Day Shift – 22/09/2009 – 02:10 PM
Presenter: Carol Duncan
Interviewee: Gionni Di Gravio, Archivist, Newcastle University Newcastle University
Archivist Gionni Di Gravio discusses an interesting research enquiry into an artistic trance figure by the late notorious Australian artist Rosaleen Norton, and its interesting connections to the ancient mythology of the Wendic/Sorbian Community of the Hunter Region.
Back in 2001 I responded to an enquiry by a University scholar to see what I could find out about a werplon. What is a werplon you may ask? It is a monstrous creature from the trance imagination of Australian artist and famous ‘Witch of King’s Cross’ Rosaleen Norton. It appears in her controversial book entitled ‘The Art of Rosaleen Norton’ which first appeared in 1952. I have brought in the University’s copy which is the 1982 edition. Much of her trance art relate to mythological figures that are reasonably well known, such as Pan for instance. The Werplon, however proved more elusive.
On the evening of 22 September 2001 I went looking…
Email: 23/09/2001 12:01 AM
I went looking for Werplon tonight. Couldn’t find anything anywhere on it. Then the thought appeared to divide the word into ‘Wer’ and ‘Plon’, and I hit pay dirt.
Apparently a “Plon” is a very obscure Slavic demon of sorts, with the “wer” prefix denoting a male form of this being, much in the same vein as a were-wolf (or man-wolf). So our being is a wer-plon.
Here is the excerpt that comes from article by V.J. Mansikka entitled ‘Demons and Spirits (Slavonic)’ pp.622a – 630b in Volume 4 of James Hastings (Editor) Encyclopaedia of Religion and Ethics Edinburgh: T & T Clark, 1908 – 1926 (on p.628a):
“The Polish skrzatek is a winged creature which supplies corn, and, when flying about in the vicinity of homes, steals children. His Wendic counterpart is the plon, a dragon in the form of a fiery sphere; a common saying about a rich man is: ‘He has a plon‘. The plon may assume various shapes, and the proper place to confer with him is the cross-roads.”
Three days later I came across a number of other references on this goblin from Jan Machal’s Slavic Mythology in The Mythology of All Races (Edited by L. H. Gray) New York: Cooper Square, 1964 Vol 3 pp.244 – 246:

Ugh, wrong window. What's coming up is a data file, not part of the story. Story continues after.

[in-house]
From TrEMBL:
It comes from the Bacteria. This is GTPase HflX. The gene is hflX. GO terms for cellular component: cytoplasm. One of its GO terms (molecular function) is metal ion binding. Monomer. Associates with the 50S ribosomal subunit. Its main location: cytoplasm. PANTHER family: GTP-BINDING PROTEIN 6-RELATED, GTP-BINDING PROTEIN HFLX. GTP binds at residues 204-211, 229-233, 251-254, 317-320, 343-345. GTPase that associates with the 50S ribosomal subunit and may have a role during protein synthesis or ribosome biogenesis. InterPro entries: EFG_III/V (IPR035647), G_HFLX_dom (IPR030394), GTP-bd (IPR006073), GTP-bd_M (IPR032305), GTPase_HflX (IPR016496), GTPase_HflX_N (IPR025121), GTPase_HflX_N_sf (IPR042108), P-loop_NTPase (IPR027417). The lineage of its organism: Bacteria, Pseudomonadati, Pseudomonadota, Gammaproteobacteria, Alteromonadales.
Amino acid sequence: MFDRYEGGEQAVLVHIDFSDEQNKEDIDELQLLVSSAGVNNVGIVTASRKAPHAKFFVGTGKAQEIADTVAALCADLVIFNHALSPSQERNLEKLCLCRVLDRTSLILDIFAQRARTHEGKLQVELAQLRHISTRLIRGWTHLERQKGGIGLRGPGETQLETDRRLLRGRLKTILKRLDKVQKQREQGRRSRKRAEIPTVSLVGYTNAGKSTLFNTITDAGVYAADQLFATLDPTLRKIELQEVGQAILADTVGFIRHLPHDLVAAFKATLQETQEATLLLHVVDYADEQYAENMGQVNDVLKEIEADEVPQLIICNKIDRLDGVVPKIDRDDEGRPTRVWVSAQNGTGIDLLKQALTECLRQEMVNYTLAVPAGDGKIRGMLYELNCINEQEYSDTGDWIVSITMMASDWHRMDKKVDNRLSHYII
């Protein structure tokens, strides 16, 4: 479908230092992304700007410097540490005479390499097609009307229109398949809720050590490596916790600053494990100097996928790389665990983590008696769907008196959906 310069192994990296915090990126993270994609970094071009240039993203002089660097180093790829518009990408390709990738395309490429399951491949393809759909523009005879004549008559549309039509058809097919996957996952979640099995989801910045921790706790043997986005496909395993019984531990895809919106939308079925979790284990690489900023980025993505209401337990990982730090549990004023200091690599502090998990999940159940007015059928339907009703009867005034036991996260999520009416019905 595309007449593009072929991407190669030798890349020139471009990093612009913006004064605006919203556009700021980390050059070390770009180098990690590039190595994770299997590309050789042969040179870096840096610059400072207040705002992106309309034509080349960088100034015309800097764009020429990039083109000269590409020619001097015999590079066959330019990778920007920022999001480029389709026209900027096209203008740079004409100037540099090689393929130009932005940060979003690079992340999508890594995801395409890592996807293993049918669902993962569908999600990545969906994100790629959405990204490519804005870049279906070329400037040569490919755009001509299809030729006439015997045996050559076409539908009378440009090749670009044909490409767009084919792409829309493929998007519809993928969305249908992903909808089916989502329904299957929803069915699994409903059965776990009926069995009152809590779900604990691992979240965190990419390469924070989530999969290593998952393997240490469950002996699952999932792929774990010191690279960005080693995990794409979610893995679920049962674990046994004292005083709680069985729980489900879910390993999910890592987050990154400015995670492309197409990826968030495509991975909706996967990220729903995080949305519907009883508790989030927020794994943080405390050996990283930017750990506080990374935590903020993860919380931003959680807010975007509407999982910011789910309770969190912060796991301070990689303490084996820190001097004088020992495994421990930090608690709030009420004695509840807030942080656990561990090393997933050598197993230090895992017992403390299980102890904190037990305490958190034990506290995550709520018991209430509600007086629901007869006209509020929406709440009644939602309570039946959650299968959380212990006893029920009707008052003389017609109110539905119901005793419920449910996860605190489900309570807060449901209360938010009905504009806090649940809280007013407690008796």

“Another designation of the family genius was Skritek (Hobgoblin) a term which was derived from the German Schrat or Schratt. This goblin who appeared in the shape of a small boy, usually lived behind the oven or in the stable, favouring the household and sharing the joys and sorrows of the family; and he liked to do some work in the house, such as weaving on the loom, sweeping the floor, or tending the flocks. In order to court his favour the household set aside a portion of their meals for his consumption, especially on Thursdays and at Christmas dinner, when three bits from every dish were assigned to him. If they failed to do this, he was angry and stormed about, worrying people, damaging the flocks, and doing all sorts of harm to the master of the house. His memory still lives in popular tradition, and he was represented by a wooden statue, with arms crossed on its breast and wearing a crown upon its head. The image stood, as a rule, on a chiffonier in a corner behind the table; and in any absence of the family the Skritek was placed on a chiffonier or on a table to guard the house. The Slovaks call this spirit Skrata or Skriatek and conceive him as a drenched chicken; while in Poland he is known as Skrzatek, Skrzat, or Skrzot, and is represented as a bird (again most frequently a drenched chicken) dragging its wings and tail behind it. He often transforms himself into a small bird emitting sparks from its body, and he may be bred from an egg of a peculiar shape carried for a certain length of time beneath one’s arm pit. He haunts the corn-loft and steals corn; in bad weather he also visits human dwellings; and those who give him shelter under their roofs will profit by his presence, for he brings the householder grain and will make them rich. The Slovenians in Styria likewise believe that the Skrat (Skratec) brings money and corn. He assumes different shapes, looking now like a young lad, and now like and old man or woman, or he can transform himself into a cat, dog, goose, etc.: but since he is covered in hair, he takes great pains to hide his body. He likes to dwell in mountains and dense forests, and does not allow people to shout there; by day he perches on a beech-tree and takes his rest in dark caves; at night he haunts villages and smithies, where he forges and hammers until the dawn. This goblin may be hired for one’s services or bred from an egg of a black hen; but to gain his assistance it is necessary to promise him one’s own self, as well as one’s wife and children, and such an agreement must be signed in one’s own blood. In return for all this the Skrat will bring whatsoever a may may wish, placing these things on the window-sill, although when he carries money, he comes in the shape of a fiery broom, flying down the chimney. Since millet gruel is his favourite dish, it must be placed on the window-sill whenever he brings anything.”